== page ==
The Left Brain responds:
For those of you who might not be familiar with this pseudo scientific practice, ear candling is the process of cleaning out ear wax and other stuff by “sucking” it out using heat from a burning candle. A hollow candle is burned with one end in the ear canal to allegedly create negative pressure to draw cerumen (aka ear wax).
According to sites like Earcandles.net it works like this: the smoke from the candle spirals down into the ear where its warmth gently dislodges foreign debris, softens old ear wax and helps evaporate excess moisture. Unfortunately, a search of peer reviewed literature on PubMed indicates that Ear, Nose and Throat doctors have evaluated this technique and found that it does not work. Worse than that, it can actually damage your ears!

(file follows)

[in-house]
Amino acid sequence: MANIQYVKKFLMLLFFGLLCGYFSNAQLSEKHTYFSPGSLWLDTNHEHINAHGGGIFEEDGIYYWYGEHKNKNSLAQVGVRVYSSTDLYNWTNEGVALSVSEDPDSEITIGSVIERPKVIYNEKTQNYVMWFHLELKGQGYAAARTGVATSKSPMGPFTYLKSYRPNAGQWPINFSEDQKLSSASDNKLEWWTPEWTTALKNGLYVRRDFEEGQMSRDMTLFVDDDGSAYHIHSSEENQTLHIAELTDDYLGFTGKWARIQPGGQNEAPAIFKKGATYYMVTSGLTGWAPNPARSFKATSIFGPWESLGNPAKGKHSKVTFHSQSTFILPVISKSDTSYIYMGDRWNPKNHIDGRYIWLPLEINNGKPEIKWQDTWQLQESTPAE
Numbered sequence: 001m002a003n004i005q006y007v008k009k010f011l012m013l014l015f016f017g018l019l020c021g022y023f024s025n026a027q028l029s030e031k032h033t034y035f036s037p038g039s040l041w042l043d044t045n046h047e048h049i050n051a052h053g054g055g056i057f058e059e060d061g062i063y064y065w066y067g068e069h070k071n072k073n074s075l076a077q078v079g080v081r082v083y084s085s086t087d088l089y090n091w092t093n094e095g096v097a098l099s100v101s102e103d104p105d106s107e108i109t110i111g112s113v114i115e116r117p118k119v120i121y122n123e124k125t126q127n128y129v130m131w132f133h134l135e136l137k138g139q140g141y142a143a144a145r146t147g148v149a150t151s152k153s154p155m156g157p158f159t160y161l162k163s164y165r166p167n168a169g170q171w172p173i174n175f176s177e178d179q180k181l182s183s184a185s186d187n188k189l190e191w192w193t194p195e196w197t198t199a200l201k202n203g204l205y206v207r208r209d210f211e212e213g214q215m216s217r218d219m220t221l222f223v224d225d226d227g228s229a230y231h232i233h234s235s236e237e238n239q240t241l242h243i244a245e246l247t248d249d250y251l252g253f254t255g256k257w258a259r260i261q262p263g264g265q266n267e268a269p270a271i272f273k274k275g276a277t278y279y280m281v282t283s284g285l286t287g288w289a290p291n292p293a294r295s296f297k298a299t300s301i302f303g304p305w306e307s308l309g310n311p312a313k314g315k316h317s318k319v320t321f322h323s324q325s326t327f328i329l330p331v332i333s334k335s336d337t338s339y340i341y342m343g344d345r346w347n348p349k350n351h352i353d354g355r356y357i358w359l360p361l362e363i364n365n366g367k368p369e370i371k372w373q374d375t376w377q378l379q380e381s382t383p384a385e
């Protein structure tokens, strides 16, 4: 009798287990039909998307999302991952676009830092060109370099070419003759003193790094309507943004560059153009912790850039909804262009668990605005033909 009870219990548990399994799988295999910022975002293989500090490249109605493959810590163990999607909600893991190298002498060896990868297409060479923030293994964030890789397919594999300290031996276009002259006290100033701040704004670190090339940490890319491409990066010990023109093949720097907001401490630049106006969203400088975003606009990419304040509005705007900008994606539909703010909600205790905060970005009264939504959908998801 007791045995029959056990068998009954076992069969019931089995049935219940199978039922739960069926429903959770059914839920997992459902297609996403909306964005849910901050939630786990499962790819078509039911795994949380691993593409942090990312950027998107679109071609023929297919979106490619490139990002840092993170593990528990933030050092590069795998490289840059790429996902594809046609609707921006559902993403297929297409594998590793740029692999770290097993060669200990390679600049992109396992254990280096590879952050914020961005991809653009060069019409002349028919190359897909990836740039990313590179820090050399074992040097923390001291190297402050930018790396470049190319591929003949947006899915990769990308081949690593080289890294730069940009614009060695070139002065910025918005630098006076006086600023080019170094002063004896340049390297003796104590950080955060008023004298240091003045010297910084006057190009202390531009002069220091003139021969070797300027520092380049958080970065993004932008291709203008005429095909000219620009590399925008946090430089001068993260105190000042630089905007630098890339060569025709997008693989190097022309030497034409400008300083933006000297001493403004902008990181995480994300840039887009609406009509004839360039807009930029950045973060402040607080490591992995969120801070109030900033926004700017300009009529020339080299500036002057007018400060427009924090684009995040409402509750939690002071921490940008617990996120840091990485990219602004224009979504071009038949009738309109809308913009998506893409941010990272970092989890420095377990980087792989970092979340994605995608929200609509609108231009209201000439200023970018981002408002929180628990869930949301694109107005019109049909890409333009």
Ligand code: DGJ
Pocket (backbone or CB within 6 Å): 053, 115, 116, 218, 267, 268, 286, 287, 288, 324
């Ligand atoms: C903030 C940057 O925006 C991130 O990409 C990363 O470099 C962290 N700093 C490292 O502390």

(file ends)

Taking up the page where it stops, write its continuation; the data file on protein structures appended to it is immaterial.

Ear candling calamity
According to the references cited below, the efficacy and safety of ear candling were studied and results showed that contrary to popular believe, ear candles do not produce negative pressure that can draw out wax. (This part of the study was done by tympanometric measurements in an ear canal model.) In addition, a limited clinical trial on eight ears showed no removal of ear wax. In fact, in some cases, candle wax was actually deposited. Finally, a survey of 122 otolaryngologists revealed 21 ear injuries that resulted from ear candling. The conclusion of the authors was that ear candles have “no benefit in the management of cerumen and may result in serious injury.”
The Beauty Brains bottom line
Like Kinoki Detox Footpads and Kangen Water, ear candles are another scam that doesn’t work. But this one can actually harm you. Even if you’re a smiling 10 year old boy wearing a dress shirt and vest.
Laryngoscope. 1996 Oct;106(10):1226-9. Ear candles–efficacy and safety. Seely DR, Quigley SM, Langman AW. Spokane Ear, Nose, and Throat Clinic, WA 99204, USA.
Why Ear Candling Is Not a Good Idea, Lisa Roazen, M.D.